No Critter Left Behind (Toto, The Cat from Coraline)
Our pets provide us with a lot of comfort. Have an emergency plan that includes their food, a carrier (or leash) and a few toys. Even tropical fish should not be left behind to die by cold salt water shock or be boiled alive (for them an emergency kit involves an air pump and a bucket).

Yellowstone Forest Fire by Jim PeacoPhone home. (ET the Extra Terrestrial)
I’ve been in emergency situations. My family has been in emergencies where I was way too far away to do anything but pace circles into the carpet. The time between the call saying, “We need to evacuate, what do you want saved?” and “We’re safe and out of immediate danger, but the air is orange.” (true story) is not particularly fun. Granted, having to evacuate oneself isn’t any fun either, but when evacuating what you have to do is pretty straightforward. Don’t let your loved ones think that you’ve been crushed under a tree or burned to a crisp or a squished by a pancaked highway or eaten by a sudden rampaging horde of brain eating zombies.

Deal with disaster now, figure out who to blame it on later. (Lamentation, Ken Scholes)
When you need to get people fed, dry and warm, that’s what needs to happen first. There will be time to throttle the idiot who added a new stinky pile of manure to a crappy situation later.

Disaster means displacement. (Karavans, Jennifer Robeson)
Well this one is depressing but true for more than just disasters of the natural sort. Houses burn, get flattened, become flooded, you end up in a forest that eats people. In some areas the courses of rivers change or you find out that the mountain with the lovely view of the ocean is a volcano. In any case, sometimes the insurance payout isn’t what you thought it was going to be. It sucks, but as far as life on a geologically and meteorologically active planet goes, it’s also completely normal for everything that respirates. Recovery tends to be a long, slow process and things are never quite the same afterwards…even though we would like to axe that whole “long and slow” business in favor of “right this second” and there’s always someone who wants things to go back to what they were.

Tornado by Zachary CaronBe a decent human being. (Boneshaker, Cherie Priest)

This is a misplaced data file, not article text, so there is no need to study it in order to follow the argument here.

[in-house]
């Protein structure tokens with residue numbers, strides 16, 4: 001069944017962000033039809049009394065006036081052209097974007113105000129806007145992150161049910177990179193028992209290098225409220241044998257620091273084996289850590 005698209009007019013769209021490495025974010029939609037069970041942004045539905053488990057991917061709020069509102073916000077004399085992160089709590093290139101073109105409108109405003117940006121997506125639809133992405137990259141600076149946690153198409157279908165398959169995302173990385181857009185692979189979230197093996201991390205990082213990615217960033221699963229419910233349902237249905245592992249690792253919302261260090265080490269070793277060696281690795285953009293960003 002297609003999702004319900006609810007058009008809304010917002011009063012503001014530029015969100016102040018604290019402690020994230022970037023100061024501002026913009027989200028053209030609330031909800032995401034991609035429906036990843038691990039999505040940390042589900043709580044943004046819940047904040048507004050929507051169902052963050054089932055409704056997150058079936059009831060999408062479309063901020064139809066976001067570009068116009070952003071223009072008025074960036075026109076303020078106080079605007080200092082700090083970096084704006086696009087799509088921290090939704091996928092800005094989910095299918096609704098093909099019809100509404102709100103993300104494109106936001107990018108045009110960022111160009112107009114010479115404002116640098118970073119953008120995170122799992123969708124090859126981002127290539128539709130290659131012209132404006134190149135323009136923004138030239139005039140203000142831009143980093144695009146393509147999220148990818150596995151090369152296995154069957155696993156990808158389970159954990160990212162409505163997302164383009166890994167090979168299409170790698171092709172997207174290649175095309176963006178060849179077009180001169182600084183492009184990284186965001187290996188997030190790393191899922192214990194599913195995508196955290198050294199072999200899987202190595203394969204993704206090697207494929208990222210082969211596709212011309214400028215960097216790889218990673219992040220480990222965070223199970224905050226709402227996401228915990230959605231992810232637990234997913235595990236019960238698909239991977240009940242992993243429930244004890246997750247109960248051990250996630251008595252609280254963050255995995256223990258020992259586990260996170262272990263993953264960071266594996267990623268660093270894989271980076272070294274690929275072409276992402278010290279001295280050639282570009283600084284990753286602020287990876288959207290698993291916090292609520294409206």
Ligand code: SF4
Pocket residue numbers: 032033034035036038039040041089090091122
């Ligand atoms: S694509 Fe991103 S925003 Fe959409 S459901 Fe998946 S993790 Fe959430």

A lot of stories featuring disasters like to assume that everyone will suddenly be out for themselves, that chaos will reign like Sauron over the orcs. Yes you sometimes get a bunch of people acting like three year olds who’ve been given an espresso or five and then told that they aren’t getting any presents for {insert gift giving holiday of choice}… but then some realize that having a tantrum or looting is the equivalent of a monkey throwing feces and so they decide to set up desk and a sign that says “Want to help? Volunteer here!” and the people who have a maturity age greater than their shoe size eventually find it and things start to get cleaned up. Then they start to expand out and find other like minded groups of people to collaborate with such things as running food and water to the trapped, disabled and rescue personnel, distributing food and blankets, and other such things to preserve society after broad sweeping disaster.

There are still plenty of people who are more than willing to be the evil inventor happily taking advantage of a zombie plague for their own purposes. But as it turns out, there are quite a few people who are in fact decent human beings even under pressure. They are awesome. They are the ones who help put things back together afterwards. They are the ones who help make stressful times a little bit better, if only for a moment.

– – –

It should be noted that at the time of this publication that disasters have ongoing effects that can last for decades afterwards, just look at the building codes in California and Japan or how many blocks in New Orleans are still largely abandoned. Or look at how many cities are built on top of the ruins of what used to be there and how those previous settlements met their demise. Routine natural disasters should have a place in SFF worldbuilding. After all, dealing with them leaves plenty of room for character development and growth.

It shouldn’t be a surprise that we can find ways to deal with massive collective upheaval in speculative fiction. It’s something that everyone might have to deal with someday.

Title image Storm In The Mountains by Albert Bierstadt (1830 – 1902).